With this growing interest in doing things that make a difference, I believe the time is now for industrials to get involved and drive the development of the things that matter for everyone. In the mobility segment, ABB is the title sponsor of Formula E racing, the fastest electric powered racing cars on the planet. This may seem frivolous at first glance, but it is about much more than just fast cars. It is about the electrification of transportation.
Racing can serve as an incubator for innovation. ABB FIA Formula E Championship racing puts unimaginable stress on the cars and the power systems. The technology has to deal with heat and loads far beyond those in commercial vehicles. Participating in the ABB FIA Formula E Championship allows the industrial partners to bring this advanced technology into the consumer space at a much faster pace.
While technology in traditional Formula 1 is maturing, there is still a lot of innovation left in ABB FIA Formula E Championship. One clear example of this is that next season they will need only one car to finish a race, instead of the two they have used since the start of the Championship just four years ago. Also the fact that they race in a city or urban environment, not on isolated tracks, makes electric transportation visible and accessible for everybody.
No end in sight
I honestly don’t see any horizon for the potential of electric, digital, and connected. The revolution is different this time because it’s not just one thing. By contrast to previous disruptions like steam power or electrification, the Fourth Industrial Revolution involves multiple elements. In fact it can be difficult to articulate the current shift, because it is made up of so many things. Digitalization, connectivity and cloud computing are all converging, with machine learning and artificial intelligence amplifying their impact. Sensors are getting smaller and big data is getting bigger. Augmented and virtual reality technologies continue to provide previously unattainable perspectives.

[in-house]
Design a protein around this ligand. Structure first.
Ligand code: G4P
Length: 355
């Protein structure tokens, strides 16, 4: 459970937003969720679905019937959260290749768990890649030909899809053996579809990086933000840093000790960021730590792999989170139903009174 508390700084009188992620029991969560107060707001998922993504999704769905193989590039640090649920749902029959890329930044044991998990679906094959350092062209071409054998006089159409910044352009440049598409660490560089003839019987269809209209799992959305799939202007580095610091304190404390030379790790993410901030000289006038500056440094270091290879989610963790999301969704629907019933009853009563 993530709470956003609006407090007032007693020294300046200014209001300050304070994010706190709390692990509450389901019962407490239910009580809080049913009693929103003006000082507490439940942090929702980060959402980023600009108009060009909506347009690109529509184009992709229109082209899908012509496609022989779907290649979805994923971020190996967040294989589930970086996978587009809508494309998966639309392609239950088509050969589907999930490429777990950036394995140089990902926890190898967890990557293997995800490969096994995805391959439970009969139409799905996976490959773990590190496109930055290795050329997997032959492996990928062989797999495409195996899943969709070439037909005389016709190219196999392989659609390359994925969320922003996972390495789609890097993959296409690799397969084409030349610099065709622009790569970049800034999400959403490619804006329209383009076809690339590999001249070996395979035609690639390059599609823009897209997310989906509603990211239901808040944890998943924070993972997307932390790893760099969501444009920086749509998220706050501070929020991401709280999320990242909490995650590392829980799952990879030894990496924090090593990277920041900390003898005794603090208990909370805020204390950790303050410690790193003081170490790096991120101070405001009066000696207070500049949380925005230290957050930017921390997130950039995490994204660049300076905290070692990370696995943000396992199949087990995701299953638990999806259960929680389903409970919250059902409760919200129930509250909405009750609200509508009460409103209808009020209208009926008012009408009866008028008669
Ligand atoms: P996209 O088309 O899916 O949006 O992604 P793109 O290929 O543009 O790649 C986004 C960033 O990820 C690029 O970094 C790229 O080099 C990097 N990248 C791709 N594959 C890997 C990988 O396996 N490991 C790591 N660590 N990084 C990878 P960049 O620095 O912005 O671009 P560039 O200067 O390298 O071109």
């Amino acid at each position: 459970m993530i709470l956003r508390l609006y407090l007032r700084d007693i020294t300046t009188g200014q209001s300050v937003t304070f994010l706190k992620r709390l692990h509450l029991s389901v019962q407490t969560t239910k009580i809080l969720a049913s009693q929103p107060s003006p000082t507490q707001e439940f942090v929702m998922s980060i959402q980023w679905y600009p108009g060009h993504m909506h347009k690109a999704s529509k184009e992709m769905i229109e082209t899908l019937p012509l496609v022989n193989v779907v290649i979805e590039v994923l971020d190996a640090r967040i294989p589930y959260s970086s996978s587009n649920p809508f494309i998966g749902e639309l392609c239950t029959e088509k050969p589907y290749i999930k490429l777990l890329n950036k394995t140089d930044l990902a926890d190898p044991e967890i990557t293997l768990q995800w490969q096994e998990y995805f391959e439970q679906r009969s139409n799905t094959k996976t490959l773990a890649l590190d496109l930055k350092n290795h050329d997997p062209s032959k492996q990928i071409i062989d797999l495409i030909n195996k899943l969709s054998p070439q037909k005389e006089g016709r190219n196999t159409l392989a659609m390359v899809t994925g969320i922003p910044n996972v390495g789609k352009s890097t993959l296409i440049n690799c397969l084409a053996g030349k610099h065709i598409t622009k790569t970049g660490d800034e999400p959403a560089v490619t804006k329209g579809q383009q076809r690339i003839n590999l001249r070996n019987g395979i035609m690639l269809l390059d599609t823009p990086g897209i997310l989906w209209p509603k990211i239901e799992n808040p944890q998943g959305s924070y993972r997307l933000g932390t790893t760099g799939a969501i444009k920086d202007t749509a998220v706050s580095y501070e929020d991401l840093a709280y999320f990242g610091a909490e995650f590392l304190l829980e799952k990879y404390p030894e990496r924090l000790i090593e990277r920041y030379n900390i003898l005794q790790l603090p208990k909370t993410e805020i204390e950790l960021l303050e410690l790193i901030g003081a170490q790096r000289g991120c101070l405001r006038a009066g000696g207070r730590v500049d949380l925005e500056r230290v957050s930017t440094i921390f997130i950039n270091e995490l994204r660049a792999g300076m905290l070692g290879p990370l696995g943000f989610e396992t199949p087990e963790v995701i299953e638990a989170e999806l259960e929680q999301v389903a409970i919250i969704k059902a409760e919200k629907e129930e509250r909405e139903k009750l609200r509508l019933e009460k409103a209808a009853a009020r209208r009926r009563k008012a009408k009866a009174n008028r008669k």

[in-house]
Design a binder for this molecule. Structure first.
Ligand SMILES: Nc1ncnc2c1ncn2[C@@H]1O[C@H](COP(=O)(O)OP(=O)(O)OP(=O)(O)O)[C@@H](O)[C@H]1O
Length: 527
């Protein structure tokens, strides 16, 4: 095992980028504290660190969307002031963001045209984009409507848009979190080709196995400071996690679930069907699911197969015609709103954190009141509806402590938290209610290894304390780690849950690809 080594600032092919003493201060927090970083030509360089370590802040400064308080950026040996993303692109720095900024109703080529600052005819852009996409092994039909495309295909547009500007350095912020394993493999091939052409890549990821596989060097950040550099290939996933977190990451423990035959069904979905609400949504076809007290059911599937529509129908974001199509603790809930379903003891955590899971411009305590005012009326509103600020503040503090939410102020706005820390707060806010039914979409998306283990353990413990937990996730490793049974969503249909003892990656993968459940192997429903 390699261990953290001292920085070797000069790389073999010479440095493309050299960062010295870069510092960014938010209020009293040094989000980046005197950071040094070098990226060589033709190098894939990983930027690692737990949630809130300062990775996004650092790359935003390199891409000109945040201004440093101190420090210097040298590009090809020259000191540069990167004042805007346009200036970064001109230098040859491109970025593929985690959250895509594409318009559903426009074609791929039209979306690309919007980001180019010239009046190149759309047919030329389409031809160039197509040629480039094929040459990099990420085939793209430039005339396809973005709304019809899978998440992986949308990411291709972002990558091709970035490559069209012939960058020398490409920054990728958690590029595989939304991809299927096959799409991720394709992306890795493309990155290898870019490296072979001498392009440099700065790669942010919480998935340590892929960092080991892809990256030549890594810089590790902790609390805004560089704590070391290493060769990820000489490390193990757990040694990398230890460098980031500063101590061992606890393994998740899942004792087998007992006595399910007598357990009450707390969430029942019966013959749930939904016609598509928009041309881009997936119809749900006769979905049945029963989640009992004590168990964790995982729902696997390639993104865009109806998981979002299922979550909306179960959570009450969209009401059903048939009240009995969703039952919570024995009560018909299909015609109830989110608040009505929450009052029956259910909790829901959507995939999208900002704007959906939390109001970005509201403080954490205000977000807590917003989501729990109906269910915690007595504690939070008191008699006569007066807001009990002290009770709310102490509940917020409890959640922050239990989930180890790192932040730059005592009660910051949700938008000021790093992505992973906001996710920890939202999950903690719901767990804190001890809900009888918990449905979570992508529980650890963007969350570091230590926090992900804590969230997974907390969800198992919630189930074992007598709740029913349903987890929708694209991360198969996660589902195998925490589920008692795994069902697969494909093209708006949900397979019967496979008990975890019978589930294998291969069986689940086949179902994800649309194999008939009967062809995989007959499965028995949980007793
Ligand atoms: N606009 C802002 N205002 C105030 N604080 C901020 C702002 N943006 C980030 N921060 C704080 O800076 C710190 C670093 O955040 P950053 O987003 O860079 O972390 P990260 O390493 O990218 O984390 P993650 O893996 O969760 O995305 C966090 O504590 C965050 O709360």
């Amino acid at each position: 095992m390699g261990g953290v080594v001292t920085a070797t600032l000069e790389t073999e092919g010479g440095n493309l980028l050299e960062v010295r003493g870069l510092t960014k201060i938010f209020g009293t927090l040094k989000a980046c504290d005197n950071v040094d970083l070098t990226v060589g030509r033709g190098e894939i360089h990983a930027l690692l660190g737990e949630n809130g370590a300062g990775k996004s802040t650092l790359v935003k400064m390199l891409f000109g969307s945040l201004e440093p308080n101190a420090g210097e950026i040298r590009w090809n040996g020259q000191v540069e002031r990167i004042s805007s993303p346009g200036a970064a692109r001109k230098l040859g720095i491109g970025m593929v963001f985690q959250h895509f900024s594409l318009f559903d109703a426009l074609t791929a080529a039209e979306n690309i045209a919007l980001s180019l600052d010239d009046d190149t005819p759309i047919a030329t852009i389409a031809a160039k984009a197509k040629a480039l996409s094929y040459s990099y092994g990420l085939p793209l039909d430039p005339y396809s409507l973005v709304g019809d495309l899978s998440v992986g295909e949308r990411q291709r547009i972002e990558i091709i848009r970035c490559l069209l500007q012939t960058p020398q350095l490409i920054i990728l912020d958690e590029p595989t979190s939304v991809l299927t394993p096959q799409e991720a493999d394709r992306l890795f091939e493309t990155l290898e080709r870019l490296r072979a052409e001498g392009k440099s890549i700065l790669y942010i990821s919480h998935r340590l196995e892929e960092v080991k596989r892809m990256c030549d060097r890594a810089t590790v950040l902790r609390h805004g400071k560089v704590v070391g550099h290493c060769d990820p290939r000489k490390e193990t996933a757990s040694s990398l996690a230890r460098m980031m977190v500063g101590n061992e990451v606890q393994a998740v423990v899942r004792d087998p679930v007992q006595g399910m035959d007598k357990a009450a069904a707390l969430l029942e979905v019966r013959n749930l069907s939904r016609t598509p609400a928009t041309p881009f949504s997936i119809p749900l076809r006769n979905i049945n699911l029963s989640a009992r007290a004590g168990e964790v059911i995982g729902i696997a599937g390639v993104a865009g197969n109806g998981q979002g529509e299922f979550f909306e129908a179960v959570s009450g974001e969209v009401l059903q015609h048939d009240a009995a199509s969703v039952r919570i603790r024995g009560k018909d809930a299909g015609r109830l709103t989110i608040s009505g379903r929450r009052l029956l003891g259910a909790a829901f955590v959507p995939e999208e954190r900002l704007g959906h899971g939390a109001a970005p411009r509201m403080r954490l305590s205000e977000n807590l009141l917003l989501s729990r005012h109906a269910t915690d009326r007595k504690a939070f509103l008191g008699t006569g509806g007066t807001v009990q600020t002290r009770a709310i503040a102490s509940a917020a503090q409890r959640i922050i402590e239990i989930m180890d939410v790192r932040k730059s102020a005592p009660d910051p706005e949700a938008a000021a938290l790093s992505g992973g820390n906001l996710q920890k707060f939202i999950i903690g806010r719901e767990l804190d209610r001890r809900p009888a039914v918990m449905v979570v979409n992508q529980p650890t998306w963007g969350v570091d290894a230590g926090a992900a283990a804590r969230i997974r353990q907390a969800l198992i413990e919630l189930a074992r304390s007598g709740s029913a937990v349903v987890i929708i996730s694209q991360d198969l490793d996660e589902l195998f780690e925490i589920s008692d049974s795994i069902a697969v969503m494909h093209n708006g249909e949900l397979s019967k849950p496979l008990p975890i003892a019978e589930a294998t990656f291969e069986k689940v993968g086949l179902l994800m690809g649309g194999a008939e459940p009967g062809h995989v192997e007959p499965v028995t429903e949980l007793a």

But despite these advances, any machine we can make today remains relatively primitive, compared to human brain. We are basically trying to make a model of the brain, and what has been achieved so far might even be called baby steps. Computer models have the potential to be a million times better than today, not just faster and cheaper.
Looking ahead to the “next big thing”, I hope we rediscover that small is beautiful. Industrial technology in the 19th and 20th centuries was all about making things bigger and achieving efficiency of scale. Now digital technology enables efficiency at any level. 3D printing is a good example of small-scale efficiency, delivering tailor made components at the point of consumption. By moving bits, not atoms, we are reinventing the way we run the modern economy.
In a way we are going back to our roots, by enabling smaller, closer, and smarter solutions. Only 30 per cent of our planet remains jungle and rain forest. If we want to avoid eating into undeveloped land, and clearly we do, cities will have to absorb the bulk of population growth. That means we will need to think and work in new ways to create dense, but sustainable and attractive urban solutions. I believe that innovative use of electric, digital and connected technologies will be the key to finding smarter ways to manage our new future.